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Many people wonder why their Arduino boards get hot when they use Vin = 12V, and in fact, this issue comes up about once or twice a week on the Arduino Forum.
The short answer is that most Arduino boards use small surface-mount (smt) voltage regulators, which get hot even at moderate load currents, and especially when larger Vin values are used. Many Arduino boards are advertised as having "1A" voltage regulators, but in the real world, you cannot run load currents anywheres close to this level, because of overheating. See Table 2 below.
The real problem is that power dissipation and heating is related to both the voltage-drop across a device and the current through it, so the result is a "multiplicative" effect of the two factors, and not related to just the Vin or load current value alone. Ie,
Pd = Vdrop * Iload --> heat generated
Once this relationship is grasped, the overheating issue is easily understood.
Table 1 - Thermal Ratings
Power dissipation for voltage regulators is based upon package size (TO-220 vs smt DPAK, SOT-223 or SOT-23), plus amount of heatsinking. The amount of "temperature rise", above ambient, versus power dissipation for these devices is as follows:
The first two regulators are the style used in OT-Hobbies boards, and the latter in many Arduino boards. The smaller ones are clearly 3X-4X worse than the larger, in regards heat buildup.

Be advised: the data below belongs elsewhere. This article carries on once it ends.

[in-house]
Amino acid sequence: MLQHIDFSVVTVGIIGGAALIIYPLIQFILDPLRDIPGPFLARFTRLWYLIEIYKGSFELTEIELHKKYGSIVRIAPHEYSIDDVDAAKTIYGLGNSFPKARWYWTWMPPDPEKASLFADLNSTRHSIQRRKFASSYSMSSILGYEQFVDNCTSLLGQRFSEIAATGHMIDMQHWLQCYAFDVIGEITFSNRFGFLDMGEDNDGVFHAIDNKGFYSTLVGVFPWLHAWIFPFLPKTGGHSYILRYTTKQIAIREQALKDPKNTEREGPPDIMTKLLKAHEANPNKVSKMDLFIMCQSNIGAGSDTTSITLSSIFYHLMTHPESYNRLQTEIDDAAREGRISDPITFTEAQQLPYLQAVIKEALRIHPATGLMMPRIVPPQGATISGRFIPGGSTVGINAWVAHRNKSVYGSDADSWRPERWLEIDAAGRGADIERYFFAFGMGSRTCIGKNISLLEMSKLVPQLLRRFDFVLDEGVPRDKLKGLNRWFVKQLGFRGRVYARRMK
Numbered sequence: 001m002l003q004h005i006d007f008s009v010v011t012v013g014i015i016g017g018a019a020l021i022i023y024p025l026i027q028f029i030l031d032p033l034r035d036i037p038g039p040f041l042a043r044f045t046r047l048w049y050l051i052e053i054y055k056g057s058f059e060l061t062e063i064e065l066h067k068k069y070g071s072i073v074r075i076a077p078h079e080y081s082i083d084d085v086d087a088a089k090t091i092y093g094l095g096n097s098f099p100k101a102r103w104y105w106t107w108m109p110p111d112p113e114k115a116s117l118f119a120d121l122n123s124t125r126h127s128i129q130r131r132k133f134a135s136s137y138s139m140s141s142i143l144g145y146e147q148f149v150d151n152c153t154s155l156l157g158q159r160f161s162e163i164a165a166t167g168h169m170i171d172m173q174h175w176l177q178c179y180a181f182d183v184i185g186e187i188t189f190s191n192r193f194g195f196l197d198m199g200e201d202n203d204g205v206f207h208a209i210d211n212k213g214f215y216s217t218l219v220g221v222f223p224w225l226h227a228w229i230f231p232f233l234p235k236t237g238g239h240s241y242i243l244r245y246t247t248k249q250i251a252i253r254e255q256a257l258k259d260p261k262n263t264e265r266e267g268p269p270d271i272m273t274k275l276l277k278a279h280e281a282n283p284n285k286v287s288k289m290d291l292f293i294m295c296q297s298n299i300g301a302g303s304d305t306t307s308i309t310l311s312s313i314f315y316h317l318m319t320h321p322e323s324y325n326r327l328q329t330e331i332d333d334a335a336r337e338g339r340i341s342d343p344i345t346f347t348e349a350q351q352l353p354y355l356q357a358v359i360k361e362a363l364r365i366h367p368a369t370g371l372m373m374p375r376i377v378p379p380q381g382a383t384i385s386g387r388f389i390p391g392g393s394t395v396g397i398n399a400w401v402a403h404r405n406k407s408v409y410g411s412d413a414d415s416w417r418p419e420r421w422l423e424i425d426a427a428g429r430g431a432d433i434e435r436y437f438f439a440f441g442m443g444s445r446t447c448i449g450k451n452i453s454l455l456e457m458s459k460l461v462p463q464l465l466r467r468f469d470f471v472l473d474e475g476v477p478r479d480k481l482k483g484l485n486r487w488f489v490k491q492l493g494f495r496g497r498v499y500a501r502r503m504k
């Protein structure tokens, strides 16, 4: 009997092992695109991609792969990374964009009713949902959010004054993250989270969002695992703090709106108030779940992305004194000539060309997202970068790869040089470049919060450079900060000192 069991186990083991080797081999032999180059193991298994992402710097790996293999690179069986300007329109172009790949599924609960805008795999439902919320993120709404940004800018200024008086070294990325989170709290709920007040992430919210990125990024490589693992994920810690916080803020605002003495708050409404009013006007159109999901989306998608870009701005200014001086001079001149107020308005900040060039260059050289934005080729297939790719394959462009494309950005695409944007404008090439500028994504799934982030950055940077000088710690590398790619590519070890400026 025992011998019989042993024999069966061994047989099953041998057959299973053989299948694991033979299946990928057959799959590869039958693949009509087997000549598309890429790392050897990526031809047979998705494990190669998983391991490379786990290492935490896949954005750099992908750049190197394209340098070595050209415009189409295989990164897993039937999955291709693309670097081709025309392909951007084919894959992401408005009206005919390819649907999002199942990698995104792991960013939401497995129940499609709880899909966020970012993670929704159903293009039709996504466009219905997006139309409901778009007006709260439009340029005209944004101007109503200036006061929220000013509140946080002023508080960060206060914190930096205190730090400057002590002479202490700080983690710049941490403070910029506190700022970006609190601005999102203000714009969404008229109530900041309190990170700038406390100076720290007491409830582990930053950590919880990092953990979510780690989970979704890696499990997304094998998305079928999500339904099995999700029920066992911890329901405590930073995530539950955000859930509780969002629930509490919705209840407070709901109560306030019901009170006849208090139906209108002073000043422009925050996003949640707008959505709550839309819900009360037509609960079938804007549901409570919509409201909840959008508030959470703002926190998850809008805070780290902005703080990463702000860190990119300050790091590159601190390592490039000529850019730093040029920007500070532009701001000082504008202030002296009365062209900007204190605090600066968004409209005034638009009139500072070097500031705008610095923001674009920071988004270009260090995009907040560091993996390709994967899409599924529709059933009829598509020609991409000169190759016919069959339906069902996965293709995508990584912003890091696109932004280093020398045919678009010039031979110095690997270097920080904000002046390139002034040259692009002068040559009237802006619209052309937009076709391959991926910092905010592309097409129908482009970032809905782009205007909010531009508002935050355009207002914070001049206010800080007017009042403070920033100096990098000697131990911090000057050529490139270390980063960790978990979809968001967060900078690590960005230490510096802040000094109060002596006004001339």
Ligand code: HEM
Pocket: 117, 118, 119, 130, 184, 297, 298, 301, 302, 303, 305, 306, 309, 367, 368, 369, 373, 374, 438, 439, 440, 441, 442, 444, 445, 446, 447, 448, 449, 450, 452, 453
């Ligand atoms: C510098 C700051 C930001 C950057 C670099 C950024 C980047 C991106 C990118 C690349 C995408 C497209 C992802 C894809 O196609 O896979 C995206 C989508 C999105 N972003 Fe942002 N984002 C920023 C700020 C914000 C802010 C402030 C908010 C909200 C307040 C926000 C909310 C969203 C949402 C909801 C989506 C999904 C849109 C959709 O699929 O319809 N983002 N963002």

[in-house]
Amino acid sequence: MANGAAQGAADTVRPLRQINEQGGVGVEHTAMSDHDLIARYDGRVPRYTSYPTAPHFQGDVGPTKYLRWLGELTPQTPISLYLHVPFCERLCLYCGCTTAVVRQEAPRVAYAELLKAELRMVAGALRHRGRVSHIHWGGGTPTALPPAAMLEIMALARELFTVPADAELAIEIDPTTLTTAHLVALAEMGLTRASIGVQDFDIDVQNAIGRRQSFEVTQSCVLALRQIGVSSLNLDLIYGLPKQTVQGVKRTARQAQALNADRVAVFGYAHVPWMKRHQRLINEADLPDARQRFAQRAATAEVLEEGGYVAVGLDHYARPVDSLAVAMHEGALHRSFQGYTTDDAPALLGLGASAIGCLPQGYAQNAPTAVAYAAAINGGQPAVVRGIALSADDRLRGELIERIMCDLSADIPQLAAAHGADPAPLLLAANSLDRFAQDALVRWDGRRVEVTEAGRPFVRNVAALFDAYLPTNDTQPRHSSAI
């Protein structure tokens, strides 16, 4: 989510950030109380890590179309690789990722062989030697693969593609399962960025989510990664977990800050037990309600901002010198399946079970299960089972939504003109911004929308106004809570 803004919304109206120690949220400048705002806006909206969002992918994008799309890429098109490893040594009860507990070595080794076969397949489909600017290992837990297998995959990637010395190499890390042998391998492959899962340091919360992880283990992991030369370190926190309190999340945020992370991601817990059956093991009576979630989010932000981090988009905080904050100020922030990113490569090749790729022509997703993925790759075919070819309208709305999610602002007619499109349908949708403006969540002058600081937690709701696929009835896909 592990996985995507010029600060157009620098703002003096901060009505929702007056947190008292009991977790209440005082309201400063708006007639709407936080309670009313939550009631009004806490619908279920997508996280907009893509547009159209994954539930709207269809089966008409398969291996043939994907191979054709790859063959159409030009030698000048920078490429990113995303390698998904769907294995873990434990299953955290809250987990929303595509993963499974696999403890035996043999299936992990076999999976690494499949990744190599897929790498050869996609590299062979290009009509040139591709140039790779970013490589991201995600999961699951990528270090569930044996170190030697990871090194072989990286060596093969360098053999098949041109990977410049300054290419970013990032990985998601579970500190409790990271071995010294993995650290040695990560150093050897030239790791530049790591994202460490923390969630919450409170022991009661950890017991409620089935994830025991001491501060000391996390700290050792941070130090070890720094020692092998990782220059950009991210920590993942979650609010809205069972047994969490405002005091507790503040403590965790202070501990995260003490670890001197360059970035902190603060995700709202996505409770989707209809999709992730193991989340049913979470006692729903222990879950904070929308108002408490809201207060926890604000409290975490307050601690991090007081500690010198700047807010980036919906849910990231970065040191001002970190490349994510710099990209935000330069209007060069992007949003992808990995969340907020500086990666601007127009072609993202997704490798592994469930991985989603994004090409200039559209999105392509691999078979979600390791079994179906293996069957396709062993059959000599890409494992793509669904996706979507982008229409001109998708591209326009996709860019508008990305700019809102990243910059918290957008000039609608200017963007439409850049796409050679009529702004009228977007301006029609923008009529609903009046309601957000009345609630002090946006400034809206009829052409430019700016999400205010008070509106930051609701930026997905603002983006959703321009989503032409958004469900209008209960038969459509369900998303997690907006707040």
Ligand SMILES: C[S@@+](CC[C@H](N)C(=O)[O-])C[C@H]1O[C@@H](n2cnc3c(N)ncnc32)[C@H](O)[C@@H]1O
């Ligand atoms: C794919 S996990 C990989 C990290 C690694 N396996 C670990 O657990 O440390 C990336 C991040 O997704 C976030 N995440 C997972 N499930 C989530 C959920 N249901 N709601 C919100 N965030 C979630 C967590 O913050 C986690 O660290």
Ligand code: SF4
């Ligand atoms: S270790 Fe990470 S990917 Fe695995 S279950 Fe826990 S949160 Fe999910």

For the TO-220 device, a 20mm x 18mm pcb copper heatsink area under the regulator will reduce the temperature rise by approx 40%, relative to the value shown above (cf, Table 1 in LM1117 datasheet), and use of a metal heatsink under the device will further reduce heat buildup.
For the DPAK and SOT-223 devices, the values shown assume minimum pad size (ie, pcb copper heatsinking area) of 5mm x 5mm, 2-oz copper (cf, fig 21,22 in NCP1117 datasheet). And if the copper area is increased by 400% (to 10mm x 10mm), then the temperatue rises are approx 20% and 40% smaller, respectively.
Note also - that "typical" pcbs use 1-oz rather than 2-oz copper, so copper area heatsinking will be about 33% less effective than the values given above (cf, fig 6 in LM2940 datasheet).
Thermal Shutdown. Voltage regulators are generally rated for thermal shutdown at 150-175 °C, however, for reasons such as not overheating the pcbs and not burning one's fingers, maximum operating temperatures of 80-100 °C are much more practical. After all, 100 °C is already the temperature of boiling water!
Table 2 - Temperature Rises
The following table shows the power dissipation (Pd) and estimated temperature rise, above ambient, for different 5V regulators at various load currents, with Vin = 12V and 7V. The first temperature rise column indicates the result of using a metal heatsink with 50% effectivity under the TO-220 device.